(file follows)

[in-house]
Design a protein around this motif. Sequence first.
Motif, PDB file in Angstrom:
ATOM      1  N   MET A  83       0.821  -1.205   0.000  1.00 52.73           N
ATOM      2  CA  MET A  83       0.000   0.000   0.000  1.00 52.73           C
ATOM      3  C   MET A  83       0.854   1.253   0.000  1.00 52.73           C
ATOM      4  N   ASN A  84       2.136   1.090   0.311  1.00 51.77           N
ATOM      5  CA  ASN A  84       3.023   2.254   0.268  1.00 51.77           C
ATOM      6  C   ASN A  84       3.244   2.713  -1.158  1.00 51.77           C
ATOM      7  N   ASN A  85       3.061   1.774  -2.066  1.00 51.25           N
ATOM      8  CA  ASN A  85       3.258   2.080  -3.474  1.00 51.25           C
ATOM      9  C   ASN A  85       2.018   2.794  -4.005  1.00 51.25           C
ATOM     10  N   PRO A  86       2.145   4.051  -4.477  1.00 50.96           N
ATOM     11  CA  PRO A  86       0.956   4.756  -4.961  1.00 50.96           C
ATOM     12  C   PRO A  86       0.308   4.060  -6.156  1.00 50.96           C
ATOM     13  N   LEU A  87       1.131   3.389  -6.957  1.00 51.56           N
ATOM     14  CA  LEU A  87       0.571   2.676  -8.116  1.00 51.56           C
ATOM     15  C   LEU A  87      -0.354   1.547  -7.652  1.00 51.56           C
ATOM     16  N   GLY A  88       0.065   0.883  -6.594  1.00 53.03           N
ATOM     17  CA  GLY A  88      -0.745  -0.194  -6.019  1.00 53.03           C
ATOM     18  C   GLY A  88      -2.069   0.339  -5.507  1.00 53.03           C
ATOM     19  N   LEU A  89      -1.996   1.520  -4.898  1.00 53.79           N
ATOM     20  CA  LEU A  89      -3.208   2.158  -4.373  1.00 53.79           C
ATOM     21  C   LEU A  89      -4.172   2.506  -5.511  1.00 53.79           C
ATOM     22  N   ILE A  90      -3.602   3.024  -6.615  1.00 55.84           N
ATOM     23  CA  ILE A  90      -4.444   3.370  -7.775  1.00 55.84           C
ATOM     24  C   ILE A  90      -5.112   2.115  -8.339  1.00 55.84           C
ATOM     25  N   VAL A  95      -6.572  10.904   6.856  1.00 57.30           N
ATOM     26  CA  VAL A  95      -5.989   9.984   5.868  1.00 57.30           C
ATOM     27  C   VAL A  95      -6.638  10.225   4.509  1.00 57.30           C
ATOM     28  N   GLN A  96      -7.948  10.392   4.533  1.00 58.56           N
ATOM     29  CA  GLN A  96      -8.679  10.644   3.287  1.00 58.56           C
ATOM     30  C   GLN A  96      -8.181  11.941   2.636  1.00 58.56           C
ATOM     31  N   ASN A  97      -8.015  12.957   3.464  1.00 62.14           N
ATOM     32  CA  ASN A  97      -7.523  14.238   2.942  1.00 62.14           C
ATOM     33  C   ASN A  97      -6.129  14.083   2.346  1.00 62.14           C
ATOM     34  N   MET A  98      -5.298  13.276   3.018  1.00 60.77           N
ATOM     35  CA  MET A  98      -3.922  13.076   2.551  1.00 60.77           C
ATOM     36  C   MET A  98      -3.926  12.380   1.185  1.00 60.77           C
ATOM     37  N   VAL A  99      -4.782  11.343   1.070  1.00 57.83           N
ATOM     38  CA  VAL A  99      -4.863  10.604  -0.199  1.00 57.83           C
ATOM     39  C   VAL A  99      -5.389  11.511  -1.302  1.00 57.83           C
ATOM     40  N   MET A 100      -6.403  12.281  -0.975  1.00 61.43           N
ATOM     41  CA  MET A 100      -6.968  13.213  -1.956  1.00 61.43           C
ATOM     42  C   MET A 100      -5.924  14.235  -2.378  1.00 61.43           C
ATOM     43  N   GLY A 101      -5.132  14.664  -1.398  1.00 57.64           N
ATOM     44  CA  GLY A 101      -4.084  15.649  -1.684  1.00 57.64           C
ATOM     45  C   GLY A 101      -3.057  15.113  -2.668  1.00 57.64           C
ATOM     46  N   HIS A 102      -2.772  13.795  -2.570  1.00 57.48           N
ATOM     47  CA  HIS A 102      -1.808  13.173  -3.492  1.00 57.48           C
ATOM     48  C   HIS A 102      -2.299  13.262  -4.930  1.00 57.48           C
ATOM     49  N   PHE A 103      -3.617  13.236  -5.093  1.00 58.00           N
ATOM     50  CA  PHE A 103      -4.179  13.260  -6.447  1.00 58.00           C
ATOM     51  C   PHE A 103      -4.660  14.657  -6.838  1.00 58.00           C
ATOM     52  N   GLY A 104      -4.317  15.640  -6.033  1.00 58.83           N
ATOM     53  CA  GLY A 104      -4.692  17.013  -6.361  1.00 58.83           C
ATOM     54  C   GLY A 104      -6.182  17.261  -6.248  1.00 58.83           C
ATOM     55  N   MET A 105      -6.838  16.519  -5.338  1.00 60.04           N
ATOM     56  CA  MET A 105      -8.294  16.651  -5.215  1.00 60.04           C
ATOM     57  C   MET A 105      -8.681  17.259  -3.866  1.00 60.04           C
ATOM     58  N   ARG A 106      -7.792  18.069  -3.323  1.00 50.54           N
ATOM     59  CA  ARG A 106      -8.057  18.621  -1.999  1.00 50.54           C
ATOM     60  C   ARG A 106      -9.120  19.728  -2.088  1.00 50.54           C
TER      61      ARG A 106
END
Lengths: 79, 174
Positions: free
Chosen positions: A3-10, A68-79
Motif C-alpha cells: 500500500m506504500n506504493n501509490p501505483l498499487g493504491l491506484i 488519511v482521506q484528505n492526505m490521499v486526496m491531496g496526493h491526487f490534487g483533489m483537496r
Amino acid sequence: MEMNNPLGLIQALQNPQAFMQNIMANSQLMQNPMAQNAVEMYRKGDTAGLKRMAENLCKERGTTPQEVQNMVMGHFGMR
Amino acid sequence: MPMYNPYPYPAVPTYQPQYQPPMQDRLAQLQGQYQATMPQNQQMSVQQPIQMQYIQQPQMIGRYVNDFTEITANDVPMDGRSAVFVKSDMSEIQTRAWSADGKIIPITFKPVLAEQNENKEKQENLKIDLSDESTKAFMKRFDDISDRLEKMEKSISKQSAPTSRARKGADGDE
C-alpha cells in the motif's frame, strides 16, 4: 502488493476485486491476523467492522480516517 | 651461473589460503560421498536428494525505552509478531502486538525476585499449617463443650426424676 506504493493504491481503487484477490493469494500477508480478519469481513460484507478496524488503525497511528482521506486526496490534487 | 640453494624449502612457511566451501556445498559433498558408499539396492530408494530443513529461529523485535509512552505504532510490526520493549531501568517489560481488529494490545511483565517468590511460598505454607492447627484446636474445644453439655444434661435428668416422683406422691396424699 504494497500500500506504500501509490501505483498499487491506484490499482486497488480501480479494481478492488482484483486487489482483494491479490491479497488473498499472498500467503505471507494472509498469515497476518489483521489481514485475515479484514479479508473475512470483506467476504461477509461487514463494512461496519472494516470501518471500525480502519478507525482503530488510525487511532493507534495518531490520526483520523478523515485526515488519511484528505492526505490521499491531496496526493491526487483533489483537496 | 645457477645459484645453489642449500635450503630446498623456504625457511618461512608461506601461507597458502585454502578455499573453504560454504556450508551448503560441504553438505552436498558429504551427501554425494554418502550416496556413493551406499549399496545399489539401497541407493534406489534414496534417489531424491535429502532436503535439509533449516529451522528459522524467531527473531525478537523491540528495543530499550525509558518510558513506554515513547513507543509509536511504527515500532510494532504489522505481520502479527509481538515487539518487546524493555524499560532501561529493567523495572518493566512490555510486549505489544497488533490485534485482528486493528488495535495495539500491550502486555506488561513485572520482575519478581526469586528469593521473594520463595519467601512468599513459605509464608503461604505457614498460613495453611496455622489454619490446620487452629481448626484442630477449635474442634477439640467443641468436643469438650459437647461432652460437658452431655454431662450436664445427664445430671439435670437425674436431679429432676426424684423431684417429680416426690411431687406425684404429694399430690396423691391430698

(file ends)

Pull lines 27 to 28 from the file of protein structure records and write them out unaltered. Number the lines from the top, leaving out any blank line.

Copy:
ATOM     24  C   ILE A  90      -5.112   2.115  -8.339  1.00 55.84           C
ATOM     25  N   VAL A  95      -6.572  10.904   6.856  1.00 57.30           N